The “stress test” rule can be a little complicated to understand. Here’s a break down of why the rule exists and how it will apply to your mortgage.
What does the mortgage “stress test” really mean when applying for a mortgage?
When you buy a home in Canada your mortgage is “stress tested” to ensure that you can comfortably afford the mortgage payment in a rising rate environment. The “stress test” rule is aimed at addressing concerns that extremely low-interest rates have encouraged Canadians to overextend themselves financially, posing a risk to the housing market. The government wants to ensure when interest rates rise, Canadian homeowners can afford a higher mortgage payment on their mortgage maturity date.
When your current mortgage term reaches its maturity date, you’ll need to renew the outstanding balance for another term. If rates increased, the new mortgage payment would increase. To ensure that Canadians can afford a payment increase the “stress test” rule is applied.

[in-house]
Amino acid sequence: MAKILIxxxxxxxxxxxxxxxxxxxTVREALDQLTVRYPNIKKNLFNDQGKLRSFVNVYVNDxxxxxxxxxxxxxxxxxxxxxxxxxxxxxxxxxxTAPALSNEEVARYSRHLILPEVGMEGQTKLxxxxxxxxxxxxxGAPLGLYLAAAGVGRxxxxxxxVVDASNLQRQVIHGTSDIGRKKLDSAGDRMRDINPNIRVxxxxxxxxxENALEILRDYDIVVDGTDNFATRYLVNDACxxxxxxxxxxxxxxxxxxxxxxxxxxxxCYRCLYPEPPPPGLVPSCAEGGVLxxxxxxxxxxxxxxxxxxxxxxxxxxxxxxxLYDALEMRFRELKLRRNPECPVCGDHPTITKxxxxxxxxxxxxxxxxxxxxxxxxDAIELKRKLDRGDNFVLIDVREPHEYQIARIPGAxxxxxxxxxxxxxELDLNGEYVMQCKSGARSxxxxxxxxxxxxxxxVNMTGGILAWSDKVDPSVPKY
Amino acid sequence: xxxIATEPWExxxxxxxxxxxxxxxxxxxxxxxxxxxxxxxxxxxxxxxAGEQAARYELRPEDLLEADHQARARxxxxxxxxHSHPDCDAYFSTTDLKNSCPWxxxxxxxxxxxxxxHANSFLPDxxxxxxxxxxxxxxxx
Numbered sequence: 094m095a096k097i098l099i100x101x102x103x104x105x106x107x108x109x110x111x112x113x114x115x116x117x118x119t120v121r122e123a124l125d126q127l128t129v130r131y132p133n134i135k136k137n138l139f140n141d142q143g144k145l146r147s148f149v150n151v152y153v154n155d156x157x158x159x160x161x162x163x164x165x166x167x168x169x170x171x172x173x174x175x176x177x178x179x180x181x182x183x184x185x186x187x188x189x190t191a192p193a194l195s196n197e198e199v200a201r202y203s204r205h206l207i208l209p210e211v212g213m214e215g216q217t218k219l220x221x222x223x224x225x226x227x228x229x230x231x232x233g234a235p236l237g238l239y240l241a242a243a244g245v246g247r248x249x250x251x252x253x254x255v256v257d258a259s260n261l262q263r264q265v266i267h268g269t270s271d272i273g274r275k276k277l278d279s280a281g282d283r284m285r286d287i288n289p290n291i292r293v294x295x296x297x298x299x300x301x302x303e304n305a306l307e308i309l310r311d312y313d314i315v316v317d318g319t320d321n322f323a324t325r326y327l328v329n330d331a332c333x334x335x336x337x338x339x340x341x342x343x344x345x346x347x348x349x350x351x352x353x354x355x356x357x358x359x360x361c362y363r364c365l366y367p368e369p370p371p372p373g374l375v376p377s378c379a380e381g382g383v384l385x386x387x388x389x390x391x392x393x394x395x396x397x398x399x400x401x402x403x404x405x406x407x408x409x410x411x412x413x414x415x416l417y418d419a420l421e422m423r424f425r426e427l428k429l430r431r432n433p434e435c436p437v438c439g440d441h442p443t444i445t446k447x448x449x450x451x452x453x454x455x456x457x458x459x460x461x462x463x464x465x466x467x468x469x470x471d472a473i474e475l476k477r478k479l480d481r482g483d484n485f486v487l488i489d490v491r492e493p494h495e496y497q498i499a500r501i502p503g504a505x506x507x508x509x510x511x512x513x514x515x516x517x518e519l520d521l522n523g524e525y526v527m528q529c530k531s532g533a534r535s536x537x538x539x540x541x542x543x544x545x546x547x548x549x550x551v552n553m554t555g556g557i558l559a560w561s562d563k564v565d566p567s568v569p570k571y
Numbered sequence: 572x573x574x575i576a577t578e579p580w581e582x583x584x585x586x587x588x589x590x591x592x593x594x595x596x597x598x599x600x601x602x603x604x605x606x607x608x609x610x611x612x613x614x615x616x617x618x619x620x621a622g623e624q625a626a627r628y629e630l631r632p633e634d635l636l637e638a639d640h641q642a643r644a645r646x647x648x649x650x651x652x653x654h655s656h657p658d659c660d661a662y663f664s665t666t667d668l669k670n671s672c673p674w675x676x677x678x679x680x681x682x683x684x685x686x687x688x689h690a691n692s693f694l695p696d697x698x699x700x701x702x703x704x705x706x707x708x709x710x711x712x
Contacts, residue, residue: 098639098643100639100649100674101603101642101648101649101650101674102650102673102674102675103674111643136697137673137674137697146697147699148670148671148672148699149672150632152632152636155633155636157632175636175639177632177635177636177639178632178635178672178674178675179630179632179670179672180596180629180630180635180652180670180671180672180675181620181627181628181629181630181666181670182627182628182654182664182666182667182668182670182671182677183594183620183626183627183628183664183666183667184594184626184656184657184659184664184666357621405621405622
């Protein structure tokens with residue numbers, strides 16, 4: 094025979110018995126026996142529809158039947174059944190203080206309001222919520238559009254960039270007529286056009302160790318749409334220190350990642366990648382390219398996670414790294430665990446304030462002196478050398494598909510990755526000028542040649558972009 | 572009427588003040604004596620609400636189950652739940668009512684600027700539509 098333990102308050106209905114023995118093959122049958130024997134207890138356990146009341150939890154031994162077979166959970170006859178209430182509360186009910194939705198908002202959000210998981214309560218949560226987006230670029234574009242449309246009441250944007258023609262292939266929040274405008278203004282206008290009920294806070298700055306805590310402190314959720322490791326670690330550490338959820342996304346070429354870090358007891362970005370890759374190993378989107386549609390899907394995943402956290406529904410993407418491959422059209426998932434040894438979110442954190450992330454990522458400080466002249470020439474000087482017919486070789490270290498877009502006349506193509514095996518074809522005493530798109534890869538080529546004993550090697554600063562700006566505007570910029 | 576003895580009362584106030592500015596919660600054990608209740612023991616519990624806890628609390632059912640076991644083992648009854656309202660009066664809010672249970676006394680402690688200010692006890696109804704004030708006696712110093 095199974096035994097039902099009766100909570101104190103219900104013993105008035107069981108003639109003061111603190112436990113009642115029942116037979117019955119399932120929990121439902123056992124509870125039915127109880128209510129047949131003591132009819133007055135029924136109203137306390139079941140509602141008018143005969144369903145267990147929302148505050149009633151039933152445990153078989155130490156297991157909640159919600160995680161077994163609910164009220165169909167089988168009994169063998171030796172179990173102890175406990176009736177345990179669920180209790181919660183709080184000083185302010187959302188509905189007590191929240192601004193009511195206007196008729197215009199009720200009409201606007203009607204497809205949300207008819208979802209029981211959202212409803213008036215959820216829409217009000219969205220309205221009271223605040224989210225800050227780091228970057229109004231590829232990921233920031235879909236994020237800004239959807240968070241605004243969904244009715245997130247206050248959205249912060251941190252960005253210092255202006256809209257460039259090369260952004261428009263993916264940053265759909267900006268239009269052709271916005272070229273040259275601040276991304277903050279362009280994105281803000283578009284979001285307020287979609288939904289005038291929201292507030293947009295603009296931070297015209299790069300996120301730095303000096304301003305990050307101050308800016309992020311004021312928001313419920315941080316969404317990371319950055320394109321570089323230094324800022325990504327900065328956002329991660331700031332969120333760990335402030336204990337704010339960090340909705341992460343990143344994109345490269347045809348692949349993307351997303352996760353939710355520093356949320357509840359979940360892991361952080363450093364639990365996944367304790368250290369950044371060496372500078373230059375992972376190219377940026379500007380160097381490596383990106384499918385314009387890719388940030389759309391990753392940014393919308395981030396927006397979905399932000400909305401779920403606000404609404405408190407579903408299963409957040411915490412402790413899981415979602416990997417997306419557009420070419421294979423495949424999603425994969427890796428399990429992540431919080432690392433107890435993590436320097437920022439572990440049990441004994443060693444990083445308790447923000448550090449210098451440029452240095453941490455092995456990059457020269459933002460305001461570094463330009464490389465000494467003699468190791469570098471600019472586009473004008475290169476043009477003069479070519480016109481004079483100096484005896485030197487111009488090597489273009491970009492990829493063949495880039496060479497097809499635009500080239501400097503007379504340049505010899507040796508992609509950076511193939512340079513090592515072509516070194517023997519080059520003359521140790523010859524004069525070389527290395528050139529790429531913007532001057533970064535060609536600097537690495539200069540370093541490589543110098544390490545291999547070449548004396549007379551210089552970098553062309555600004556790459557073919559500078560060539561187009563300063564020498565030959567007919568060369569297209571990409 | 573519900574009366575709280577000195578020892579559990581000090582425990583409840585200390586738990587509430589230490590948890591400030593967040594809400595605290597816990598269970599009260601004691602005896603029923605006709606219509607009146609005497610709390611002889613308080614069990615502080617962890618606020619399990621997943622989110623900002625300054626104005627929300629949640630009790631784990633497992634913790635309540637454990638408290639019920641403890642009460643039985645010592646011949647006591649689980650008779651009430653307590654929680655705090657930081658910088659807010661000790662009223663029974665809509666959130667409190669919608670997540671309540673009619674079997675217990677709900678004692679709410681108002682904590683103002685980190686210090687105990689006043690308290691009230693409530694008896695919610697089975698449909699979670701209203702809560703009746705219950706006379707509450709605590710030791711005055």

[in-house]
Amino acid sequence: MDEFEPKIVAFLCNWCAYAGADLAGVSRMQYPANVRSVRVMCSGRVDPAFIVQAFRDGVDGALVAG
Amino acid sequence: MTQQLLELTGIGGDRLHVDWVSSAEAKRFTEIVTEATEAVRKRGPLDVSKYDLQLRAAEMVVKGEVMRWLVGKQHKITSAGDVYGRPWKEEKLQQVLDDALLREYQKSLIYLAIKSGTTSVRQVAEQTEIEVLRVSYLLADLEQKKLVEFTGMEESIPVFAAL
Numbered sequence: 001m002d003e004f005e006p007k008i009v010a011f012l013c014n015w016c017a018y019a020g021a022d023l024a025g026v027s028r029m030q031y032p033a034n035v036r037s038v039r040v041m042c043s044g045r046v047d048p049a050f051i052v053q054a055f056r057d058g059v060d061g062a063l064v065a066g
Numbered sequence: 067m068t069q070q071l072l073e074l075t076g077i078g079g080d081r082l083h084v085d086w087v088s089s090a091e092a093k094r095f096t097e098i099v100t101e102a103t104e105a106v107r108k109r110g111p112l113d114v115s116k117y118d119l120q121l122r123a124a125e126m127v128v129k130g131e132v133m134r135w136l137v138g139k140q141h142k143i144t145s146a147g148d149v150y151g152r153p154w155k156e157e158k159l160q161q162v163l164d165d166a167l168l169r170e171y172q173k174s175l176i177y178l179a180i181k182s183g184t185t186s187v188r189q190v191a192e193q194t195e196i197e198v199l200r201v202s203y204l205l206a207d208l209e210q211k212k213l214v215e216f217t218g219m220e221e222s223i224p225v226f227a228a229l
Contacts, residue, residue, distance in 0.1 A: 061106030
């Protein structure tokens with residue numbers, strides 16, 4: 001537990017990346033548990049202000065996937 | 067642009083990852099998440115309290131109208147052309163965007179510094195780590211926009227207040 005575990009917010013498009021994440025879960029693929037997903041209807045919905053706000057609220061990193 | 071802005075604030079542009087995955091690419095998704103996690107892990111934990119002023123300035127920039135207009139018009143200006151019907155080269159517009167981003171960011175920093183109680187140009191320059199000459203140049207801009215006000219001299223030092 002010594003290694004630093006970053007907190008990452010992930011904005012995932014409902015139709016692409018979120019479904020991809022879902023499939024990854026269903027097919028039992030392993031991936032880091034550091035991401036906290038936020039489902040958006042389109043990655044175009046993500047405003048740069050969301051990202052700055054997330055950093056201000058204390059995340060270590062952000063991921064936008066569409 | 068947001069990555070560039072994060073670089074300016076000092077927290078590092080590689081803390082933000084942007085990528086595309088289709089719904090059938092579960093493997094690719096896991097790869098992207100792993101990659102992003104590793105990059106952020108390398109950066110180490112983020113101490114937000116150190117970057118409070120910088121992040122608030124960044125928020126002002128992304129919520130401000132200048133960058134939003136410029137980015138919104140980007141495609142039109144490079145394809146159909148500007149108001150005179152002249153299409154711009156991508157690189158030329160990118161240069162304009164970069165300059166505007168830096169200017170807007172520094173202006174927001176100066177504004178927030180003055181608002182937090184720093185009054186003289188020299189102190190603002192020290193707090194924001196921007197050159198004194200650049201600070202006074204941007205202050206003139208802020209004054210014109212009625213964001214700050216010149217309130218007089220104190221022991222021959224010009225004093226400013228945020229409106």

Insured mortgages are required to use the Bank of Canada’s Conventional mortgage – 5-year rate for qualifying purposes. Uninsured mortgages are required to qualify at the greater of the Conventional mortgage – 5-year rate or the contractual mortgage rate plus 2 percent. Even though you are being offered a lower rate by your lender, you have to follow the government of Canada’s qualifying guidelines.
For example, you want to buy a home for $375,000 and saved up a 20 percent ($75,000) down payment. You’ll require a mortgage of $300,000. If a lender is offering a five-year, fixed-rate mortgage at 3.99 percent, with a 25-year amortization, the payment would be $1,576.45. With the stress test, you’ll have to qualify 2 percent higher, at 5.99 percent. The monthly qualifying payment is increased to $1,917.64. The higher payment is used for qualification purposes only and tests a borrowers ability to pay their mortgage if actual rates were to rise. The stress-tested payment is what lenders use in their debt servicing calculations.
The stress test is meant to ensure Canadians are not buying homes they can not afford in the future. This will help ensure the Canadian housing market stays strong. See what mortgage amount you can qualify for by downloading our free mortgage app today.